Weinerman added that "this study should not be interpreted as evidence that hypogonadal men [those with decreased testosterone output] should begin testosterone replacement. The risks and benefits of testosterone replacement can only be studied in larger, randomized controlled trials."
Another expert said testosterone levels may need watching as men age.
"Physicians should be checking testosterone levels in men older than age 65, discussing loss of muscle mass and potential of falls and resulting fractures," said Dr. Spyros Mezitis, an endocrinologist at Lenox Hill Hospital in New York City. "Further research is needed to define the association of low testosterone levels and decrease in physical function," he added.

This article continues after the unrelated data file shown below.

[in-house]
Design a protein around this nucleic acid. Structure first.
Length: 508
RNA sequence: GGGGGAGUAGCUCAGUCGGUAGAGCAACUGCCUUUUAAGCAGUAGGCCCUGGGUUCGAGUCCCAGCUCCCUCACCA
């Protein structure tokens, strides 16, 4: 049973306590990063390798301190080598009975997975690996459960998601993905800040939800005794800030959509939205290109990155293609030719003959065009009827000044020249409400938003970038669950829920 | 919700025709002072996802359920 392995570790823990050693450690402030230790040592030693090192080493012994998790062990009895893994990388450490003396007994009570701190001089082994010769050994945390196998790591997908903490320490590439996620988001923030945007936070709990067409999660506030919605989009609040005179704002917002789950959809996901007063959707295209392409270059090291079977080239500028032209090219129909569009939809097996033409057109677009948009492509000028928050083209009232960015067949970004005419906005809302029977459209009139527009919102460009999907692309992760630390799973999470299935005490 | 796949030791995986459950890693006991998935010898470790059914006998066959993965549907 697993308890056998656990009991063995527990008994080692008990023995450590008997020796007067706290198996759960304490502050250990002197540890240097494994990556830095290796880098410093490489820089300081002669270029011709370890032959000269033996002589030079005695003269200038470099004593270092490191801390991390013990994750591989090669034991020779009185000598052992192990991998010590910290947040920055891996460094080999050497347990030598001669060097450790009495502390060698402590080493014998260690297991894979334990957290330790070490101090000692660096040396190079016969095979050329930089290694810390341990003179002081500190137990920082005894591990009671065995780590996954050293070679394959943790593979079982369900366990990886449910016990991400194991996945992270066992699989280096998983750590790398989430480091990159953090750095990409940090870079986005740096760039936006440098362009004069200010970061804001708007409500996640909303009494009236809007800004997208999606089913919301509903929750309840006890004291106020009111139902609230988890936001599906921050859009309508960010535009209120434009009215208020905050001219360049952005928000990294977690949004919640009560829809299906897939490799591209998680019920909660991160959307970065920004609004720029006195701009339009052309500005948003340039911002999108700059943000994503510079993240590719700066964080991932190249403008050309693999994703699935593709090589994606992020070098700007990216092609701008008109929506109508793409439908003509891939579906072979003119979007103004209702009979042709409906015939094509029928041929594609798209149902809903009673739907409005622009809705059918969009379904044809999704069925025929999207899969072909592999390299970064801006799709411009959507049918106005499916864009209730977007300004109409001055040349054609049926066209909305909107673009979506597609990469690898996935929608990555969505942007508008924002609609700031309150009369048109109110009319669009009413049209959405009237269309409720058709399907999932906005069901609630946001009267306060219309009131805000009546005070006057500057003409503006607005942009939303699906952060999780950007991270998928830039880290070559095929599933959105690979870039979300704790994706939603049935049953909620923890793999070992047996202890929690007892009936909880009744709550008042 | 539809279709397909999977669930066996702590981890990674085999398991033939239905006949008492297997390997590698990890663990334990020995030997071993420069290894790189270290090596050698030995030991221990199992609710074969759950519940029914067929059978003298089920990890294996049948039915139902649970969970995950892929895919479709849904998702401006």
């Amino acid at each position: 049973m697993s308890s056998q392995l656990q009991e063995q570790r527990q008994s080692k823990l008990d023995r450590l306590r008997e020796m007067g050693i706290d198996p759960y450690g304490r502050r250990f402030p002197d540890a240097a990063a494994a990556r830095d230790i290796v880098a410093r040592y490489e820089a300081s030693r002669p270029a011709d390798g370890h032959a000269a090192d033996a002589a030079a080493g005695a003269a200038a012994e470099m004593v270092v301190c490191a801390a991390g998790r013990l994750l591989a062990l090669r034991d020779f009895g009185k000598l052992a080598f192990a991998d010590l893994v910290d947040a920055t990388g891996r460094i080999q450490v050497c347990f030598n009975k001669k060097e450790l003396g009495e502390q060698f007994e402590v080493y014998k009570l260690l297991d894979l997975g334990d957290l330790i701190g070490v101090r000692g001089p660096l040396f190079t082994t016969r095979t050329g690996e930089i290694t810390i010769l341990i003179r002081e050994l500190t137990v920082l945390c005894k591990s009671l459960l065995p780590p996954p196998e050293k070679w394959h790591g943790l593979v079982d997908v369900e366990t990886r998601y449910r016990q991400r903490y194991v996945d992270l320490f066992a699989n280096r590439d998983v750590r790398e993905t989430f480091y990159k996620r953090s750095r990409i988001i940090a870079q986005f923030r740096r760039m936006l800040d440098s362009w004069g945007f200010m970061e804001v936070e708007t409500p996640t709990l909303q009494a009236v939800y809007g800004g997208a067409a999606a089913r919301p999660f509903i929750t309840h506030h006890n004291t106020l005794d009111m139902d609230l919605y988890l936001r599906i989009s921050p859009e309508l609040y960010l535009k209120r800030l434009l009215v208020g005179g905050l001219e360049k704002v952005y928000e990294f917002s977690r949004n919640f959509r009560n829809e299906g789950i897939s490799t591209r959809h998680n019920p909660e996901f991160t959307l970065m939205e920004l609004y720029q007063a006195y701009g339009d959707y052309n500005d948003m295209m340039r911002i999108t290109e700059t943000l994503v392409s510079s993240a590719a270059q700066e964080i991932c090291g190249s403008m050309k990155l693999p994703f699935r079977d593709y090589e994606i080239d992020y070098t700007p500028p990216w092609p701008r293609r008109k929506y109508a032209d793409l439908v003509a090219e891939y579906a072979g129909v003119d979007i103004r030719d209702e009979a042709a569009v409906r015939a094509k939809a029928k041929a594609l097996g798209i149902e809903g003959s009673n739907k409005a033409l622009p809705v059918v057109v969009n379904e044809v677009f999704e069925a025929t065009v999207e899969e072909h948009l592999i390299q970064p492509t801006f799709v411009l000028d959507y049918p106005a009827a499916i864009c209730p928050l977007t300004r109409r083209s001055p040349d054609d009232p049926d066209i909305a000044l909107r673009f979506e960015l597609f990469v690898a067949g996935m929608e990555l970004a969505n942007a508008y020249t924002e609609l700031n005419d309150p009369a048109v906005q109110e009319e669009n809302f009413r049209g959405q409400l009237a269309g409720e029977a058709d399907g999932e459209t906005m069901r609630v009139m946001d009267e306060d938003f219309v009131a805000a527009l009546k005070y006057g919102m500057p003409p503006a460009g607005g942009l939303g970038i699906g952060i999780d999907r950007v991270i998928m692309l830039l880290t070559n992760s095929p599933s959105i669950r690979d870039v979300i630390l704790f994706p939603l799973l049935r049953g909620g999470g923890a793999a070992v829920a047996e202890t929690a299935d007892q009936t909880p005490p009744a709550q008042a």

The study, funded by grants from the U.S. National Institutes of Health, is slated to be published in the Journal of Clinical Endocrinology & Metabolism.
The U.S. National Institute on Aging offers tips for health aging.
-- Robert Preidt
SOURCE: Stuart Weinerman, M.D., chief, division of endocrinology, North Shore-LIJ Health System, New Hyde Park, N.Y.; Spyros Mezitis, M.D., endocrinologist, Lenox Hill Hospital, New York City; Endocrine Society, news release, Oct. 27, 2011
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